Safe Harbor is the name of an agreement between the United States Department of Commerce and the European Union that regulated the way that U.S. companies could export and handle the personal data of European citizens.
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The goal of Safe Harbor was to provide a single set of data protection requirements for transferring data across the borders of countries who joined the Safe Harbor collective. The agreement required that companies that collected personal data must inform people their data was being gathered, tell them what would be done with it, obtain permission to pass on the information to a third party, allow people access to the data gathered, ensure data integrity and security and provide a way to enforce compliance. Safe Harbor, which was established in 2000, was originally a compromise set up in response to the European Commission Directive on Data Protection.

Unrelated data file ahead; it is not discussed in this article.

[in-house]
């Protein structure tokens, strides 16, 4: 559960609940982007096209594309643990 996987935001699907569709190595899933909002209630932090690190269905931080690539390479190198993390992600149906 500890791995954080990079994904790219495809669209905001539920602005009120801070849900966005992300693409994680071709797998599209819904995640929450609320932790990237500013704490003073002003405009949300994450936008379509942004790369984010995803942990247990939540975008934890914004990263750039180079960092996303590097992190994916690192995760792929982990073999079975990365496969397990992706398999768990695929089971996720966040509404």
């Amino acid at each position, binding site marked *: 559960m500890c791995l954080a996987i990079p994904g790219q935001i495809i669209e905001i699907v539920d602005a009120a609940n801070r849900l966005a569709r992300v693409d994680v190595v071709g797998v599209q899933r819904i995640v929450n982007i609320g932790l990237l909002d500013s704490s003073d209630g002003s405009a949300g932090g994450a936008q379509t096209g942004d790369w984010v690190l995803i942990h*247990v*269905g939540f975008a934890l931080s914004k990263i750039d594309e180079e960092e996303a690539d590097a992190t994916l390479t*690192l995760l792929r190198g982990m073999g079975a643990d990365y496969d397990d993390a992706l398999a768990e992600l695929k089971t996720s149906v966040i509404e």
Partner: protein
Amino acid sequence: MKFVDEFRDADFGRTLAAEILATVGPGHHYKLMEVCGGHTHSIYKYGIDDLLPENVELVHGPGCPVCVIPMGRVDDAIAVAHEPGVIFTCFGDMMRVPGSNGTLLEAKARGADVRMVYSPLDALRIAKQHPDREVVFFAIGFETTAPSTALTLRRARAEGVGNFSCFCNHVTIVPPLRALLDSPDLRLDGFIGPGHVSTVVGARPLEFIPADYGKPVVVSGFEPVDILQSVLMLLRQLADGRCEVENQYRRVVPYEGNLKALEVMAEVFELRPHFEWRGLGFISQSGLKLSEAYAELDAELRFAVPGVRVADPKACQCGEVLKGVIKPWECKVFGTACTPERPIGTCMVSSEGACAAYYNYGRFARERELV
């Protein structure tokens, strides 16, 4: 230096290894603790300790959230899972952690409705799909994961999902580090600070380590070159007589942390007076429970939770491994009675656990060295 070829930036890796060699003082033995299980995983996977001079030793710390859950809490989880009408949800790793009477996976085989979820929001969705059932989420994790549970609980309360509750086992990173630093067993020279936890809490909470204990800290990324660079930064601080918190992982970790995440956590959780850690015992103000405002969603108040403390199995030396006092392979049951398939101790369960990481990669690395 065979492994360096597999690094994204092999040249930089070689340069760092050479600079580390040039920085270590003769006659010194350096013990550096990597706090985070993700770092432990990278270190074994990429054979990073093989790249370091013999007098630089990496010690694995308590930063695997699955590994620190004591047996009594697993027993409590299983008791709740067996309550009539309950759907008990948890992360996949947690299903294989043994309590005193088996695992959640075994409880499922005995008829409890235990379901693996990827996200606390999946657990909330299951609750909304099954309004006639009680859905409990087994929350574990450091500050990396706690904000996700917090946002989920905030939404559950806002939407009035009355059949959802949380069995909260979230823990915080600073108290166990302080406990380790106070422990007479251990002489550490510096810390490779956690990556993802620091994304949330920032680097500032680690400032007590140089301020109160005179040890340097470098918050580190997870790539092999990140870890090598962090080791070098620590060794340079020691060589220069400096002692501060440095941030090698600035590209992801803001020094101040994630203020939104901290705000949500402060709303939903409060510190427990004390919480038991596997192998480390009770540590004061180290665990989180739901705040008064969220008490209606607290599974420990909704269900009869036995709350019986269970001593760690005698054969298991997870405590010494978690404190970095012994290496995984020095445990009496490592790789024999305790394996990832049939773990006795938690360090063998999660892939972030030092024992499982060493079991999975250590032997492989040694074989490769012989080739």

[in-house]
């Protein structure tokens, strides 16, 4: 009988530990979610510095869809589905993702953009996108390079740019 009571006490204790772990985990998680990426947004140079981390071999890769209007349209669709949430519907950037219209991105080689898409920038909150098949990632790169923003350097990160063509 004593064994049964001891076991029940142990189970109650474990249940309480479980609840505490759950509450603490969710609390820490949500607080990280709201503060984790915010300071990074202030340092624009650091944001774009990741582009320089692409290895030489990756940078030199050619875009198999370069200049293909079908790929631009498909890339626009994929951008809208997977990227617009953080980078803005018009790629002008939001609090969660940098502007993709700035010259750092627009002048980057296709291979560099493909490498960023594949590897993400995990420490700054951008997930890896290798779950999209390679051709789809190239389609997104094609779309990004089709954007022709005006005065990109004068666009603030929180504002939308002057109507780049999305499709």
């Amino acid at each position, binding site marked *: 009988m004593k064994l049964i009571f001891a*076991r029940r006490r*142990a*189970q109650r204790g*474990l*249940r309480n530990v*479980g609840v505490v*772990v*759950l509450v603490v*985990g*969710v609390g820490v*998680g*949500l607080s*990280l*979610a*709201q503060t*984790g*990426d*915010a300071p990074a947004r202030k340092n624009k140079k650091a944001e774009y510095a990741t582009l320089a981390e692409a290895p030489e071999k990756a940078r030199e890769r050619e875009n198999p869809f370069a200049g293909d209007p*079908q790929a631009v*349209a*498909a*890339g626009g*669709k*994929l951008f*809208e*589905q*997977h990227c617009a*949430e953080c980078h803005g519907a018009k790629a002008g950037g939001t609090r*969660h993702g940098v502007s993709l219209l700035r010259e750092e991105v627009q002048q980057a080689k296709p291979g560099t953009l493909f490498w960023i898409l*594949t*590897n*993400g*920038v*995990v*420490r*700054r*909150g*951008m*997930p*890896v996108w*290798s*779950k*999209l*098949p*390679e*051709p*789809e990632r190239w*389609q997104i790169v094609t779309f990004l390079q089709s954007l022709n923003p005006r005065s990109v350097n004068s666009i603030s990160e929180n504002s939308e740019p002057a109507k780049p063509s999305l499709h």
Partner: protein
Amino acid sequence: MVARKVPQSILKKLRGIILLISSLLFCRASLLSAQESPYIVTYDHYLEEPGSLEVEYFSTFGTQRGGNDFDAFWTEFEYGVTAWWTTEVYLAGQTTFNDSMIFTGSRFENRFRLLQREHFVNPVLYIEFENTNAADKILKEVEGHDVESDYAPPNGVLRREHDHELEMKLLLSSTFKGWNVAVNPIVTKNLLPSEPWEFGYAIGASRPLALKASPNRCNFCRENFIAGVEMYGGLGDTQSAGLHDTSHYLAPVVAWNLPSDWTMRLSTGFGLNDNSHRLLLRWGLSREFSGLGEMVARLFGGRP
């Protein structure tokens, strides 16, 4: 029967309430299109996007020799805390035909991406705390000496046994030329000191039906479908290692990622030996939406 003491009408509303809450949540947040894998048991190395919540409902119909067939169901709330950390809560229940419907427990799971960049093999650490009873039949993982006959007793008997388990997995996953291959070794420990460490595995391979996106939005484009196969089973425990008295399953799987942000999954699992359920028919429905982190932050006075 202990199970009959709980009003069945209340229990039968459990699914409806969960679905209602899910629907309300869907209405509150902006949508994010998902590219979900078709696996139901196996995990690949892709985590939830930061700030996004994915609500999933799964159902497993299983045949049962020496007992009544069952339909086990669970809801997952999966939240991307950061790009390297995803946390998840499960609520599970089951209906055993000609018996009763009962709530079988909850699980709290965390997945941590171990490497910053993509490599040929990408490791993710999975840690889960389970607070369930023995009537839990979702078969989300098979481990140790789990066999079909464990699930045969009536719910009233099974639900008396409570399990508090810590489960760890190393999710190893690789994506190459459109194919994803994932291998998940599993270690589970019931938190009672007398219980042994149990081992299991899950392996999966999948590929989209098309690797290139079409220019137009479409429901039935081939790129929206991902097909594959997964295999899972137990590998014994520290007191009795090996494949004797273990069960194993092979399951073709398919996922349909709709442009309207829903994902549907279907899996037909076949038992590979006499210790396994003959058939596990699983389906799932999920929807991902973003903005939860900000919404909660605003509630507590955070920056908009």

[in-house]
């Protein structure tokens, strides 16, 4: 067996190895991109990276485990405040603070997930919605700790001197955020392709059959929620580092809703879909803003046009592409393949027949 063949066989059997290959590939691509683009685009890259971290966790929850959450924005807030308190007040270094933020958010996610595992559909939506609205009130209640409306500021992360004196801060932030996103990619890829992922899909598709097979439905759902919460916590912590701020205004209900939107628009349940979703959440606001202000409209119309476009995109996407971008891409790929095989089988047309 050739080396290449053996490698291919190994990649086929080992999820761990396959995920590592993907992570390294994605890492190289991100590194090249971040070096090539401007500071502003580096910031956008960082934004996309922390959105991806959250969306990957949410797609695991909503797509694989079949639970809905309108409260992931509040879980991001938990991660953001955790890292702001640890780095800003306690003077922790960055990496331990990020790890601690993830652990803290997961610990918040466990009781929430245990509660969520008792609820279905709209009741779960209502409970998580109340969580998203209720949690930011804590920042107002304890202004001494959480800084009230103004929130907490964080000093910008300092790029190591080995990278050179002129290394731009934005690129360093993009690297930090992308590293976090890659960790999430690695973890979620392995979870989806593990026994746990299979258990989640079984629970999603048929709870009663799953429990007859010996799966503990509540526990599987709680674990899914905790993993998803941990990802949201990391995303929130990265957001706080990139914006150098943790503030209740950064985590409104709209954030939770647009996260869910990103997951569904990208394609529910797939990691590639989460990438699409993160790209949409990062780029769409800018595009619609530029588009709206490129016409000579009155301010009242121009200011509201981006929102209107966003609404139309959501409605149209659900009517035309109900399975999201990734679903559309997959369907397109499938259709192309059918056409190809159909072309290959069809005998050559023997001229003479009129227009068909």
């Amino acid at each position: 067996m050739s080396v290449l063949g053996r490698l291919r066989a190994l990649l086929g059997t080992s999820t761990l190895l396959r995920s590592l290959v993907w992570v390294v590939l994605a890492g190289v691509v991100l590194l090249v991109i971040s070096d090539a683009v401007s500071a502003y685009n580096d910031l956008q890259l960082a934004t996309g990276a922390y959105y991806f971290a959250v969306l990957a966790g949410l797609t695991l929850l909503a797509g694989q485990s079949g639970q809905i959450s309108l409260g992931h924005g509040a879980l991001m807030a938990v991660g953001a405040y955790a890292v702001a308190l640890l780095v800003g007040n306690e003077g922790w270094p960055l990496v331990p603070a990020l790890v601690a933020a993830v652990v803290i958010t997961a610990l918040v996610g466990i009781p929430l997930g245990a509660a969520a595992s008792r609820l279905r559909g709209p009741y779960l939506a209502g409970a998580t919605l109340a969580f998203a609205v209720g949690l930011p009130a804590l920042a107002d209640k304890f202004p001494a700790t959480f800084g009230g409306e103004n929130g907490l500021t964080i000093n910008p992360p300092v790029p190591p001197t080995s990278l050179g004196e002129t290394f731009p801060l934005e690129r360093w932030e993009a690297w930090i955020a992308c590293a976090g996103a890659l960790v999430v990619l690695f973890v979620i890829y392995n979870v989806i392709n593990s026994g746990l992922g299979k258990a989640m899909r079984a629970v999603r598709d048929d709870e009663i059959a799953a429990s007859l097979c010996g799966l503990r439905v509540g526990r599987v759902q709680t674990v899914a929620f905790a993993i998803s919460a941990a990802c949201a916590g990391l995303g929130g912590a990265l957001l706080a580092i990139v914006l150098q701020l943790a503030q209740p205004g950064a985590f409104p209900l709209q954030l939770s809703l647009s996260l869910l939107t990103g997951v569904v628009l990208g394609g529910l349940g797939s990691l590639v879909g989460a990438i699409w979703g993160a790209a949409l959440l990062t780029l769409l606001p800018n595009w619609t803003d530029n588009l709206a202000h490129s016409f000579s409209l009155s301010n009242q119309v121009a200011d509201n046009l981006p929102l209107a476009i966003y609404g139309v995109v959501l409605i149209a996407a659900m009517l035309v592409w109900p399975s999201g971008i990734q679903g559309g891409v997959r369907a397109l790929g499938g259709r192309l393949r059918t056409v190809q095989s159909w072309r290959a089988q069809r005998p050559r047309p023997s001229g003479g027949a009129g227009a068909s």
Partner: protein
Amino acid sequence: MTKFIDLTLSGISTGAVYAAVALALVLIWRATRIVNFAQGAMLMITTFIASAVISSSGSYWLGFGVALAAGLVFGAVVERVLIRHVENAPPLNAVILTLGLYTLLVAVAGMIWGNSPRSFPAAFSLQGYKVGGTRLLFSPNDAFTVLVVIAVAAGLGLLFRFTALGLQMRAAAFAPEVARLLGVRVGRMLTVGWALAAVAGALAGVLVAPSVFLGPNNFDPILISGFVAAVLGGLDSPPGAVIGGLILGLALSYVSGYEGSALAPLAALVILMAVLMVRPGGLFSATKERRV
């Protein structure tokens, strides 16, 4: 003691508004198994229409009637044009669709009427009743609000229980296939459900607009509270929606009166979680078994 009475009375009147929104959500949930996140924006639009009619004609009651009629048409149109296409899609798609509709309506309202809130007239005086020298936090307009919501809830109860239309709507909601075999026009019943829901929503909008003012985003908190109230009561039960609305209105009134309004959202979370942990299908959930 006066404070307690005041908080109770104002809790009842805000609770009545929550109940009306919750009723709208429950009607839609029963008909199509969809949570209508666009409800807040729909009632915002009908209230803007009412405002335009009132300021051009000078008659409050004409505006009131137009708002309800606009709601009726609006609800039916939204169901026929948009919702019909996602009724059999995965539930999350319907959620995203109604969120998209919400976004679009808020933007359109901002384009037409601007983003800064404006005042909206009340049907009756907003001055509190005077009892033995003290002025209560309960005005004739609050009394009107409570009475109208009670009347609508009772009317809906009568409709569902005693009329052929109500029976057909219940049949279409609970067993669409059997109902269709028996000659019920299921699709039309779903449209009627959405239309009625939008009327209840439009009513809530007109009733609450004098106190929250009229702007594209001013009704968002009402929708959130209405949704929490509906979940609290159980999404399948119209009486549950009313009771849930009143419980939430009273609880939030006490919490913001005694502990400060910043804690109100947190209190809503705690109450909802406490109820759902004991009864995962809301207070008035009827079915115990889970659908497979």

In 2015, the European Court of Justice overturned the Safe Harbor agreement and ruled that each of the twenty-eight countries in the European Union should determine how their citizen's online information can be collected and used. While the decision did not automatically put an end to data transfers from Europe to the United States, it allowed each country's national regulators to suspend transfers if the company in the United States did not adequately protect user data.
In 2016, the European Commission and the U.S. Department of Commerce established the EU-US Privacy Shield, a new legal framework for transatlantic data flows, put in place to replace Safe Harbor.